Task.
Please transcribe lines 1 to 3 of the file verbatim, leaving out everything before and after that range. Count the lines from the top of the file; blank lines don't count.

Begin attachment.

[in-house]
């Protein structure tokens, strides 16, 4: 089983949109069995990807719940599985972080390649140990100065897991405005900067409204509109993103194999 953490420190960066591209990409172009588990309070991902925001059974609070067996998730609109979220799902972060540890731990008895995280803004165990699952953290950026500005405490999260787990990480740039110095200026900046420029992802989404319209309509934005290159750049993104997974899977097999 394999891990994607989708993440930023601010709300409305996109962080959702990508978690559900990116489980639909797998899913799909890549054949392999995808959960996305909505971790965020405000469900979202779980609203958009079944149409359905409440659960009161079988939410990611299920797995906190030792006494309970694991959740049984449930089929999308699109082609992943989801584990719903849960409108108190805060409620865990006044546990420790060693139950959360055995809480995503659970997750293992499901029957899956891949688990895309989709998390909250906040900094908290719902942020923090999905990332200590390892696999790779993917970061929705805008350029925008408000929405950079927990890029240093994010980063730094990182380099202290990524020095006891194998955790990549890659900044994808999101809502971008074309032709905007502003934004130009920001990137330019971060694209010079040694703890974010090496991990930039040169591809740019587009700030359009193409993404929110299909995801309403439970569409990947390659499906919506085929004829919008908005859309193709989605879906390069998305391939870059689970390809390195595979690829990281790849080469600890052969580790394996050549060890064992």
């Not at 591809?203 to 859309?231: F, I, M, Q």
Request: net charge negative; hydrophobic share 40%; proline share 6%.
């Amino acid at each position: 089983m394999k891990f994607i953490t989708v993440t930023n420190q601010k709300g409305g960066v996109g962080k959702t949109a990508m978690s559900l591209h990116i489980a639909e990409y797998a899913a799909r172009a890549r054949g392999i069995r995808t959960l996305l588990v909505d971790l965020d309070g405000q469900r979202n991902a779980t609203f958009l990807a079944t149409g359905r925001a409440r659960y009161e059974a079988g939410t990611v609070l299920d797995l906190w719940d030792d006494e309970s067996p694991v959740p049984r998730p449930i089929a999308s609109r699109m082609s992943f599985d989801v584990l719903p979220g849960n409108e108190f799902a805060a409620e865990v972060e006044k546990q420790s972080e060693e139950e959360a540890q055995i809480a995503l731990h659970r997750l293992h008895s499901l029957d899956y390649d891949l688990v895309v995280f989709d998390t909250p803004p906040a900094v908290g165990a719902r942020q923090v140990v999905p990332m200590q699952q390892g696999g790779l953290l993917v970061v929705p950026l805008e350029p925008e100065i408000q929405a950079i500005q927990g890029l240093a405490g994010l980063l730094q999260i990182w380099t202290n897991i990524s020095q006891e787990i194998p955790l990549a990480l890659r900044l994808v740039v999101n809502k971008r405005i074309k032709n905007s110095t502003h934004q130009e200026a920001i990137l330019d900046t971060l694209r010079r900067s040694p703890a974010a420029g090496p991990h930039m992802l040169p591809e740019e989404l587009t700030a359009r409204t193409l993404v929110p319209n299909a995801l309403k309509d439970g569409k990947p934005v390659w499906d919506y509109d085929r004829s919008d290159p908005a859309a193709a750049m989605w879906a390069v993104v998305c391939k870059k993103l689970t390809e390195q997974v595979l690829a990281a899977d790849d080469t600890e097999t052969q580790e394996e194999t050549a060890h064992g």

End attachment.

[in-house]
């Protein structure tokens, strides 16, 4: 089983949109069995990807719940599985972080390649140990100065897991405005900067409204509109993103194999 953490420190960066591209990409172009588990309070991902925001059974609070067996998730609109979220799902972060540890731990008895995280803004165990699952953290950026500005405490999260787990990480740039110095200026900046420029992802989404319209309509934005290159750049993104997974899977097999 394999891990994607989708993440930023601010709300409305996109962080959702990508978690559900990116489980639909797998899913799909890549054949392999995808959960996305909505971790965020405000469900979202779980609203958009079944149409359905409440659960009161079988939410990611299920797995906190030792006494309970694991959740049984449930089929999308699109082609992943989801584990719903849960409108108190805060409620865990006044546990420790060693139950959360055995809480995503659970997750293992499901029957899956891949688990895309989709998390909250906040900094908290719902942020923090999905990332200590390892696999790779993917970061929705805008350029925008408000929405950079927990890029240093994010980063730094990182380099202290990524020095006891194998955790990549890659900044994808999101809502971008074309032709905007502003934004130009920001990137330019971060694209010079040694703890974010090496991990930039040169591809740019587009700030359009193409993404929110299909995801309403439970569409990947390659499906919506085929004829919008908005859309193709989605879906390069998305391939870059689970390809390195595979690829990281790849080469600890052969580790394996050549060890064992």
């Not at 591809?203 to 859309?231: F, I, M, Q």